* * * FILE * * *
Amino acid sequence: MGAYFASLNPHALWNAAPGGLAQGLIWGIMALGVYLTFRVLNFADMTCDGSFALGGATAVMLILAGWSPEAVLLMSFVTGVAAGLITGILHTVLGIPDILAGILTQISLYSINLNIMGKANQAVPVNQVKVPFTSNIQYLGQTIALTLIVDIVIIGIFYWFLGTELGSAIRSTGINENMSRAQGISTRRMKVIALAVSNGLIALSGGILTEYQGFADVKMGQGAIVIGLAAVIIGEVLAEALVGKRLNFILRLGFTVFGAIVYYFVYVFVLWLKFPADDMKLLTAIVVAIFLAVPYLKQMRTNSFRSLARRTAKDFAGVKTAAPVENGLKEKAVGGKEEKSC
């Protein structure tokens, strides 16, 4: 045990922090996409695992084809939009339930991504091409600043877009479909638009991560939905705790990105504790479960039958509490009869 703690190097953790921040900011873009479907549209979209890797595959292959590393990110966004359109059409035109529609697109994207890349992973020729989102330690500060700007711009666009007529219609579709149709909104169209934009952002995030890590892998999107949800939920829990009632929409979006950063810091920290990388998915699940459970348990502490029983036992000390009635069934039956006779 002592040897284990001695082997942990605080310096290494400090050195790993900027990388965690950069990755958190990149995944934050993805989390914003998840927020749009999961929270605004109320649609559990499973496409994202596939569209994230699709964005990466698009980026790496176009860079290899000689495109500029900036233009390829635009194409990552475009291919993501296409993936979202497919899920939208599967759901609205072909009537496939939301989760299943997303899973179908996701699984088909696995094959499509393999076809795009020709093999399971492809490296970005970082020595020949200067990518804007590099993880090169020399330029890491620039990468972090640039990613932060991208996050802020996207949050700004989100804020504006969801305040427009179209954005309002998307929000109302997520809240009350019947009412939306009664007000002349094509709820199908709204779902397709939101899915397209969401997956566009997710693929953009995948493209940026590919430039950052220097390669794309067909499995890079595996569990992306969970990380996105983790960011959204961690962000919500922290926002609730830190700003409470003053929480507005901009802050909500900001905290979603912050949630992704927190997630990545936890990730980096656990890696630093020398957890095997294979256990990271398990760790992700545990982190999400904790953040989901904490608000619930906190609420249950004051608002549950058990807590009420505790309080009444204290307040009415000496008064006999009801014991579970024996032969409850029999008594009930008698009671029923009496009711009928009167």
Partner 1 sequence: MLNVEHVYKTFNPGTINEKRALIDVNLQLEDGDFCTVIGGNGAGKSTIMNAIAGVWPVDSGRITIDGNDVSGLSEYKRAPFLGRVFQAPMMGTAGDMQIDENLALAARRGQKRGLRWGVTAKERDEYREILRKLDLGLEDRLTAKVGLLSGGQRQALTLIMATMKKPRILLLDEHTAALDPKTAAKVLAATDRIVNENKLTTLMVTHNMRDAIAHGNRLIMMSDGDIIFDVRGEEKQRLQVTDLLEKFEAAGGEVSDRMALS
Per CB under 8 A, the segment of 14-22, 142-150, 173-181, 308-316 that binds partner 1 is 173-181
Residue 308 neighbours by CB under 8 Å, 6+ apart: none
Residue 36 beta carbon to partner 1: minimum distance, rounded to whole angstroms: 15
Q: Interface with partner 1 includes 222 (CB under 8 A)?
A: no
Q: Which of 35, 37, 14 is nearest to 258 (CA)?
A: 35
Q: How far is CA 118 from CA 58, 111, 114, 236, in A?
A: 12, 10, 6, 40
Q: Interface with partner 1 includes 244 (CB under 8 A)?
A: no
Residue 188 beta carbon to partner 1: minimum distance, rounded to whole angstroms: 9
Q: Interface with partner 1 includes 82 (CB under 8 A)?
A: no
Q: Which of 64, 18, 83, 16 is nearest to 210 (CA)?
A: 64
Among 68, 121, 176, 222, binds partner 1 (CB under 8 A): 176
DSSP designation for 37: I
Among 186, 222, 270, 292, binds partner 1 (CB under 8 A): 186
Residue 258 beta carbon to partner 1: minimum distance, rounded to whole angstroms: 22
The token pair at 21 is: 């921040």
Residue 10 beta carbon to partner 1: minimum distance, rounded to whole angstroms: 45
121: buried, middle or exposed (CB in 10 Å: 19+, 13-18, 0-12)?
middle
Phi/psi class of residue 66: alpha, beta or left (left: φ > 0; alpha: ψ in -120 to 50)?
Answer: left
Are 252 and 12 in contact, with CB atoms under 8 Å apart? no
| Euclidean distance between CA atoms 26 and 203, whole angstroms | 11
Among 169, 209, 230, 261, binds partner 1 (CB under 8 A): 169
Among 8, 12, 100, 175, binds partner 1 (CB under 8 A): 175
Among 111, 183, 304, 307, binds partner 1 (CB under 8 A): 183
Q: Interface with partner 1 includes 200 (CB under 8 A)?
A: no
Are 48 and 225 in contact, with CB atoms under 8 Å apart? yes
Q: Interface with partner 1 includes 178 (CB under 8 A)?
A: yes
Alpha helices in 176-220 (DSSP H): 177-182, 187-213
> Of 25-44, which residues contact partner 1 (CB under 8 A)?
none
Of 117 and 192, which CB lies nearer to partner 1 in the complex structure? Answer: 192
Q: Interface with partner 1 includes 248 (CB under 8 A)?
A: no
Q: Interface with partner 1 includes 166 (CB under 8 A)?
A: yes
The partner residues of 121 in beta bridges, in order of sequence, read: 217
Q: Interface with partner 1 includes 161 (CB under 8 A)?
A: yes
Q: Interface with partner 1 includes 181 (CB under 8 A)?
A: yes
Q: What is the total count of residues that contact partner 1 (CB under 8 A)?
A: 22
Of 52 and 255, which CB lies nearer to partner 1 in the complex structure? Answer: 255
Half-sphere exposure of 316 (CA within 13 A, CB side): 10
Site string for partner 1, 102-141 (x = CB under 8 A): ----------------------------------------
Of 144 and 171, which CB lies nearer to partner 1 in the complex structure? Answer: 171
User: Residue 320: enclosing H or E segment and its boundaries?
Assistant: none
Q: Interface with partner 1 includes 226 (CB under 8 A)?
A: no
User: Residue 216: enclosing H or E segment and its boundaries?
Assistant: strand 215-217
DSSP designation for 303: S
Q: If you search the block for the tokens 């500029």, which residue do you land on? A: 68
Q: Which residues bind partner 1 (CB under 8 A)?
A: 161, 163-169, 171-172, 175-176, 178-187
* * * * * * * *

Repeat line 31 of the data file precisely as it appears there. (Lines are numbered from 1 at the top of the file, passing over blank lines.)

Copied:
| Euclidean distance between CA atoms 26 and 203, whole angstroms | 11